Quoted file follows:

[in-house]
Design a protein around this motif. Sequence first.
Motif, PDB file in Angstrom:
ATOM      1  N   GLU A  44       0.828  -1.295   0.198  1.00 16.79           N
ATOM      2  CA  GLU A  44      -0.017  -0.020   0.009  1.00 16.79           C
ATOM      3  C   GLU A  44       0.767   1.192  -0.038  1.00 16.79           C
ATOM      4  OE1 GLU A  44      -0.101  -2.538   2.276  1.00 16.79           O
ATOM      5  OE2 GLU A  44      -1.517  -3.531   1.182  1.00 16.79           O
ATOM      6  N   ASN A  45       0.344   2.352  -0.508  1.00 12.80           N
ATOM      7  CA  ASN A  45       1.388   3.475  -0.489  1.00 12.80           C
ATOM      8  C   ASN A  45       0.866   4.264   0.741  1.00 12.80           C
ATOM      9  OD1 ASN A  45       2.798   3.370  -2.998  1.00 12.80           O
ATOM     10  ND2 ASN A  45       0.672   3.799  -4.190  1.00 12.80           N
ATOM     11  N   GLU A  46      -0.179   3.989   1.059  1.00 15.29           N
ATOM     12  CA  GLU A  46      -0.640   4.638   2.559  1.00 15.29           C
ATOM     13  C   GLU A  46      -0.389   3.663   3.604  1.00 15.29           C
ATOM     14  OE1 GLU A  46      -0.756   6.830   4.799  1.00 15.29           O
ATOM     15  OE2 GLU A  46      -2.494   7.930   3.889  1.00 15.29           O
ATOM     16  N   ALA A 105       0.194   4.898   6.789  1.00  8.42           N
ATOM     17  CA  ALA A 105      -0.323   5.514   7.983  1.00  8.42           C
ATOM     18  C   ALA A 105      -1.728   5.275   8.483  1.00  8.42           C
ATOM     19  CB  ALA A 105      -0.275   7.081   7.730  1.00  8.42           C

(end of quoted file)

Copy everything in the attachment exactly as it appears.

[in-house]
Design a protein around this motif. Sequence first.
Motif, PDB file in Angstrom:
ATOM      1  N   GLU A  44       0.828  -1.295   0.198  1.00 16.79           N
ATOM      2  CA  GLU A  44      -0.017  -0.020   0.009  1.00 16.79           C
ATOM      3  C   GLU A  44       0.767   1.192  -0.038  1.00 16.79           C
ATOM      4  OE1 GLU A  44      -0.101  -2.538   2.276  1.00 16.79           O
ATOM      5  OE2 GLU A  44      -1.517  -3.531   1.182  1.00 16.79           O
ATOM      6  N   ASN A  45       0.344   2.352  -0.508  1.00 12.80           N
ATOM      7  CA  ASN A  45       1.388   3.475  -0.489  1.00 12.80           C
ATOM      8  C   ASN A  45       0.866   4.264   0.741  1.00 12.80           C
ATOM      9  OD1 ASN A  45       2.798   3.370  -2.998  1.00 12.80           O
ATOM     10  ND2 ASN A  45       0.672   3.799  -4.190  1.00 12.80           N
ATOM     11  N   GLU A  46      -0.179   3.989   1.059  1.00 15.29           N
ATOM     12  CA  GLU A  46      -0.640   4.638   2.559  1.00 15.29           C
ATOM     13  C   GLU A  46      -0.389   3.663   3.604  1.00 15.29           C
ATOM     14  OE1 GLU A  46      -0.756   6.830   4.799  1.00 15.29           O
ATOM     15  OE2 GLU A  46      -2.494   7.930   3.889  1.00 15.29           O
ATOM     16  N   ALA A 105       0.194   4.898   6.789  1.00  8.42           N
ATOM     17  CA  ALA A 105      -0.323   5.514   7.983  1.00  8.42           C
ATOM     18  C   ALA A 105      -1.728   5.275   8.483  1.00  8.42           C
ATOM     19  CB  ALA A 105      -0.275   7.081   7.730  1.00  8.42           C